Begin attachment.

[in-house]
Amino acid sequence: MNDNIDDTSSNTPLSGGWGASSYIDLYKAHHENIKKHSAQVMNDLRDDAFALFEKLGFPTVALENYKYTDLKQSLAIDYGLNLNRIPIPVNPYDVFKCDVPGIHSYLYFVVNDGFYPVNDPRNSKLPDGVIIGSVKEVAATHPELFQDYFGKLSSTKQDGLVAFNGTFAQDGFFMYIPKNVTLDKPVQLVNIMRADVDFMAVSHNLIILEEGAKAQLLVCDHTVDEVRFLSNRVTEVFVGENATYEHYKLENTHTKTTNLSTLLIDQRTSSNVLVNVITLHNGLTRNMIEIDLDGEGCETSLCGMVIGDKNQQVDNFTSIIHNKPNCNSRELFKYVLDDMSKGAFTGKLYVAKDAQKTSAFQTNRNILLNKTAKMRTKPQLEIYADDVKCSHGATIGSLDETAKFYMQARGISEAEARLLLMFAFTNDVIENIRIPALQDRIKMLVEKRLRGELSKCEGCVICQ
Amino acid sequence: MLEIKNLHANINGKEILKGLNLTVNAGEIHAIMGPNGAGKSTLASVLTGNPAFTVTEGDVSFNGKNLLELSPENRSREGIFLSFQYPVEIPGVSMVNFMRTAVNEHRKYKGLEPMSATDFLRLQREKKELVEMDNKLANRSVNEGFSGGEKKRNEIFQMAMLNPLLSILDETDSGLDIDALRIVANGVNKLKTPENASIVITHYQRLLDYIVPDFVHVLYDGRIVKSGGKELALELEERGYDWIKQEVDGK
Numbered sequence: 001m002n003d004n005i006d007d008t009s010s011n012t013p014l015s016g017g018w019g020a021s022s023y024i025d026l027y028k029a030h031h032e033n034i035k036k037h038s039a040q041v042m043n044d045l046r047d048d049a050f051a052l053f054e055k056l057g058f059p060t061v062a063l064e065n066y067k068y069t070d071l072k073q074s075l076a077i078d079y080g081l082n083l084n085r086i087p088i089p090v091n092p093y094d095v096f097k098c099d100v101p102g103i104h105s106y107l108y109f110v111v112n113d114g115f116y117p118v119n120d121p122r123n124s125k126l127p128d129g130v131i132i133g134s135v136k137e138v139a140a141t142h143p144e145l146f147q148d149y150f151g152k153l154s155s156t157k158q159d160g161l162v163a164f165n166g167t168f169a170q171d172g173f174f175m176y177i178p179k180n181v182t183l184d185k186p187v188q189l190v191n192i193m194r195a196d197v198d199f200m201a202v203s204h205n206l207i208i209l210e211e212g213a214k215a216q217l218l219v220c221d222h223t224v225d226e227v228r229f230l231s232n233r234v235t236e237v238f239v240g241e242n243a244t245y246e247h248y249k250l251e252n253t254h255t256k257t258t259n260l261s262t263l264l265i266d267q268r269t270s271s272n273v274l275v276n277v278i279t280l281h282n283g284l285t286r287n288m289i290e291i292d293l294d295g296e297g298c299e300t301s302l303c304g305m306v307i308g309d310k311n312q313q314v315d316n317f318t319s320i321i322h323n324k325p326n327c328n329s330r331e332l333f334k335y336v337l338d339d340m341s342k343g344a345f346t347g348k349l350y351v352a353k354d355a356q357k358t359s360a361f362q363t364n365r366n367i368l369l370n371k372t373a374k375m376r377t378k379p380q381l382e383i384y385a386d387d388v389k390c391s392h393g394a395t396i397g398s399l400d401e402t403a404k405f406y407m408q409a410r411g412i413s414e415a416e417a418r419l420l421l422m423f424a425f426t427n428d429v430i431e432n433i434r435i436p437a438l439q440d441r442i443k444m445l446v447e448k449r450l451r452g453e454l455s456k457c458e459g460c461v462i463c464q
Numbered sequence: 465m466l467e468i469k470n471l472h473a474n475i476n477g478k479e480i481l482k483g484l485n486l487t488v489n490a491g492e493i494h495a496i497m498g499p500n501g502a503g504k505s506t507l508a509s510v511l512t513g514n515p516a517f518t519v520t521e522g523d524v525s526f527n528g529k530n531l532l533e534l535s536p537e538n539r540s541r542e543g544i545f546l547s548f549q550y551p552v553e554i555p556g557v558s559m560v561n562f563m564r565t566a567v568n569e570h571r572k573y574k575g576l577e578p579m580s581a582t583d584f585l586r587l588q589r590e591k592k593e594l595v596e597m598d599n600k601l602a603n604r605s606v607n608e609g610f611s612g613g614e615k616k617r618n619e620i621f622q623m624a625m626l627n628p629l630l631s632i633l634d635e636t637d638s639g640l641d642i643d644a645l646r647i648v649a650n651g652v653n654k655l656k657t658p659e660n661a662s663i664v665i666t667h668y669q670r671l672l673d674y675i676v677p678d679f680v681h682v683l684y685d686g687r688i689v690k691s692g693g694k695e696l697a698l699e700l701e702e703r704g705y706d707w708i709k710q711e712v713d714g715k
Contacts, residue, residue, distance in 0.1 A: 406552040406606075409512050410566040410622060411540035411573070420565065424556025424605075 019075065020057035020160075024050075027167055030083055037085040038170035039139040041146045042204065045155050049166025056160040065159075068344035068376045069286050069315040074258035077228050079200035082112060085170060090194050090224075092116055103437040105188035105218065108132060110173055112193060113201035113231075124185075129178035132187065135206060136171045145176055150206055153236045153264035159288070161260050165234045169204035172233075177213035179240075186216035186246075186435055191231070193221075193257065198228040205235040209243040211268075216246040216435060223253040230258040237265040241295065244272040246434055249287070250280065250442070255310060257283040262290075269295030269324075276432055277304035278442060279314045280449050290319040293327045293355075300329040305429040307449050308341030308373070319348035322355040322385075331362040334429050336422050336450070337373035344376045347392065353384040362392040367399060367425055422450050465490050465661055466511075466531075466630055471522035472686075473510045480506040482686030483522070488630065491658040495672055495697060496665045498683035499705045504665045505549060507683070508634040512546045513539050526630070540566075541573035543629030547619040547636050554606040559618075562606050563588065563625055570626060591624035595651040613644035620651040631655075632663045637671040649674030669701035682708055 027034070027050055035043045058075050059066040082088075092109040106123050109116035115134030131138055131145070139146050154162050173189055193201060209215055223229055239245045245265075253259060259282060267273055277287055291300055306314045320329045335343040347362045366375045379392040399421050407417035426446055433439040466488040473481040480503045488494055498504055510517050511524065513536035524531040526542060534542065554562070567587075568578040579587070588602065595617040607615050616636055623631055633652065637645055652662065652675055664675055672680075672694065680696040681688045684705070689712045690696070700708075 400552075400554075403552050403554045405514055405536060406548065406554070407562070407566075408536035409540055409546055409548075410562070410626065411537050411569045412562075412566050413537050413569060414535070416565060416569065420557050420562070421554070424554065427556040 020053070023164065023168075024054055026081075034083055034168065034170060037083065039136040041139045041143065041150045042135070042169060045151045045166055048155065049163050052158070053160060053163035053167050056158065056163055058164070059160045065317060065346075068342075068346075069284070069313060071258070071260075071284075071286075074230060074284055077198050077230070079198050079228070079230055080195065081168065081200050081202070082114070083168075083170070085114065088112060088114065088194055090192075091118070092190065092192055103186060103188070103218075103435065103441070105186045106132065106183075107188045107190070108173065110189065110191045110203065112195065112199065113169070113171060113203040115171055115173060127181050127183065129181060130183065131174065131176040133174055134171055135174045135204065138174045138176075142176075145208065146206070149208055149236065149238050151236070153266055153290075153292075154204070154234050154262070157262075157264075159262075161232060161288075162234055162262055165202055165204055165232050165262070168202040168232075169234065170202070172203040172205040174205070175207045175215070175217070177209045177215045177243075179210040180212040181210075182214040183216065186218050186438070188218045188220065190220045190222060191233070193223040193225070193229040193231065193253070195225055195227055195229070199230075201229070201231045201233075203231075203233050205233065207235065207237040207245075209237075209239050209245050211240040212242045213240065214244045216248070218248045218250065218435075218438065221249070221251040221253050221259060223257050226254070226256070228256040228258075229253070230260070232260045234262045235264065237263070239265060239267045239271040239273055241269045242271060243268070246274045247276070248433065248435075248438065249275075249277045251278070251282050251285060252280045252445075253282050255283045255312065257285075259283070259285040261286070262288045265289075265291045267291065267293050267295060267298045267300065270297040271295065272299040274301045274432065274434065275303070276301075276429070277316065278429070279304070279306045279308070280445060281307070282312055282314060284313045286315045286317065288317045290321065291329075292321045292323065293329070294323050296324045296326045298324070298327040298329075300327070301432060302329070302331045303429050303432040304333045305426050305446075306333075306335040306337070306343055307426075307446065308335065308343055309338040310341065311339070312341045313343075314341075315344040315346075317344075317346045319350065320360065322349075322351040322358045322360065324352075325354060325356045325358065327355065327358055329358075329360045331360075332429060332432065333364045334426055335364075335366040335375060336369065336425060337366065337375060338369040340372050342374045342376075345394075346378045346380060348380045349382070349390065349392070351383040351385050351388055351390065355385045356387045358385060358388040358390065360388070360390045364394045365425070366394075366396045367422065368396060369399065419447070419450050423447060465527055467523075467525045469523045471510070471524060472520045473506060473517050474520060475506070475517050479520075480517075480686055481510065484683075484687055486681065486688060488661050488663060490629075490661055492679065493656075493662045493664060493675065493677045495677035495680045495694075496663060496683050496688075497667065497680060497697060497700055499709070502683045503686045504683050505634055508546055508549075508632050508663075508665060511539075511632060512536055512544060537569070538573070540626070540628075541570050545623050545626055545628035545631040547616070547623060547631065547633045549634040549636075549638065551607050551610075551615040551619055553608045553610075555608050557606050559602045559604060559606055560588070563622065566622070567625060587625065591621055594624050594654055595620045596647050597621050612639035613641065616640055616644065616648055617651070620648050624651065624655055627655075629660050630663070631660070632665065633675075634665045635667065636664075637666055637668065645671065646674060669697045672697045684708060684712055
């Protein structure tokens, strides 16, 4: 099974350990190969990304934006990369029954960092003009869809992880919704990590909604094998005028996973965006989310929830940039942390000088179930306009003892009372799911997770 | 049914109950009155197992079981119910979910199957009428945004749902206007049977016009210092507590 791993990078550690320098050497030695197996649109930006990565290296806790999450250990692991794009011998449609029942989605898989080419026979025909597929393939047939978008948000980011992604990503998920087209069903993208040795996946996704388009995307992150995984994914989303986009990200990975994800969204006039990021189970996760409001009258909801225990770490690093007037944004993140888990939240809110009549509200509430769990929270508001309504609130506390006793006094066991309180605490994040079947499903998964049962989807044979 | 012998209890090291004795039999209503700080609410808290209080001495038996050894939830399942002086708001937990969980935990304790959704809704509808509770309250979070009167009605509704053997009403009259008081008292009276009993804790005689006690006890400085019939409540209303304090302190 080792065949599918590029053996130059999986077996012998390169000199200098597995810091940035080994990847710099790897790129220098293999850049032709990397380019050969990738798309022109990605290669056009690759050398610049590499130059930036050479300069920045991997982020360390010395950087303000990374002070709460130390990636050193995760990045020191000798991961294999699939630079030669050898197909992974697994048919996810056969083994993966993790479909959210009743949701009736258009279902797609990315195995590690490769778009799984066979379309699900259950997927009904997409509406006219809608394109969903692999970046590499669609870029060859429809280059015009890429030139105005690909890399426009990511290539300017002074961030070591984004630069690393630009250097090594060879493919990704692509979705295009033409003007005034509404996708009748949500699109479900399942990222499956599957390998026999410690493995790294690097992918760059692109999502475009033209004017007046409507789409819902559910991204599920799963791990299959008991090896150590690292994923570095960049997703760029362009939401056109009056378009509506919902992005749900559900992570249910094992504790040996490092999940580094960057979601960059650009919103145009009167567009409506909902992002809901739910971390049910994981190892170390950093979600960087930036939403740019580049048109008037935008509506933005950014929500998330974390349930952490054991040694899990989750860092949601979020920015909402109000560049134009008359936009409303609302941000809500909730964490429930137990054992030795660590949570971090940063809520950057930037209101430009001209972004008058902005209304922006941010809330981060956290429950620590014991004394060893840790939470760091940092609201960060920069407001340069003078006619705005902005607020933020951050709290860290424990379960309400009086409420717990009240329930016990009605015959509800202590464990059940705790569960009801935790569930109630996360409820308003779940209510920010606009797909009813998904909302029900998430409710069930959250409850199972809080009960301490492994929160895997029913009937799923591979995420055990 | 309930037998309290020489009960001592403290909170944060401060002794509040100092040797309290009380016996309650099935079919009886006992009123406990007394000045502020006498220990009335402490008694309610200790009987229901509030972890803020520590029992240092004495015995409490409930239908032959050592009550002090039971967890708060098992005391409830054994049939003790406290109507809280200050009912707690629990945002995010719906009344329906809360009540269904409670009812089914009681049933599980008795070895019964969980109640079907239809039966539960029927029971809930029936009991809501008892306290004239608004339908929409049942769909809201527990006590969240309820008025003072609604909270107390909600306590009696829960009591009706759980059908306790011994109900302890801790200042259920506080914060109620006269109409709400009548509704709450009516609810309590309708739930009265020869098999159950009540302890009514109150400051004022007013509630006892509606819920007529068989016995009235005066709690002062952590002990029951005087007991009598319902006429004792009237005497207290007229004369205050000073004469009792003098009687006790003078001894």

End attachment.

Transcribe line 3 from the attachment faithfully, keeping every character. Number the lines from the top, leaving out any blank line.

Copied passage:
Amino acid sequence: MLEIKNLHANINGKEILKGLNLTVNAGEIHAIMGPNGAGKSTLASVLTGNPAFTVTEGDVSFNGKNLLELSPENRSREGIFLSFQYPVEIPGVSMVNFMRTAVNEHRKYKGLEPMSATDFLRLQREKKELVEMDNKLANRSVNEGFSGGEKKRNEIFQMAMLNPLLSILDETDSGLDIDALRIVANGVNKLKTPENASIVITHYQRLLDYIVPDFVHVLYDGRIVKSGGKELALELEERGYDWIKQEVDGK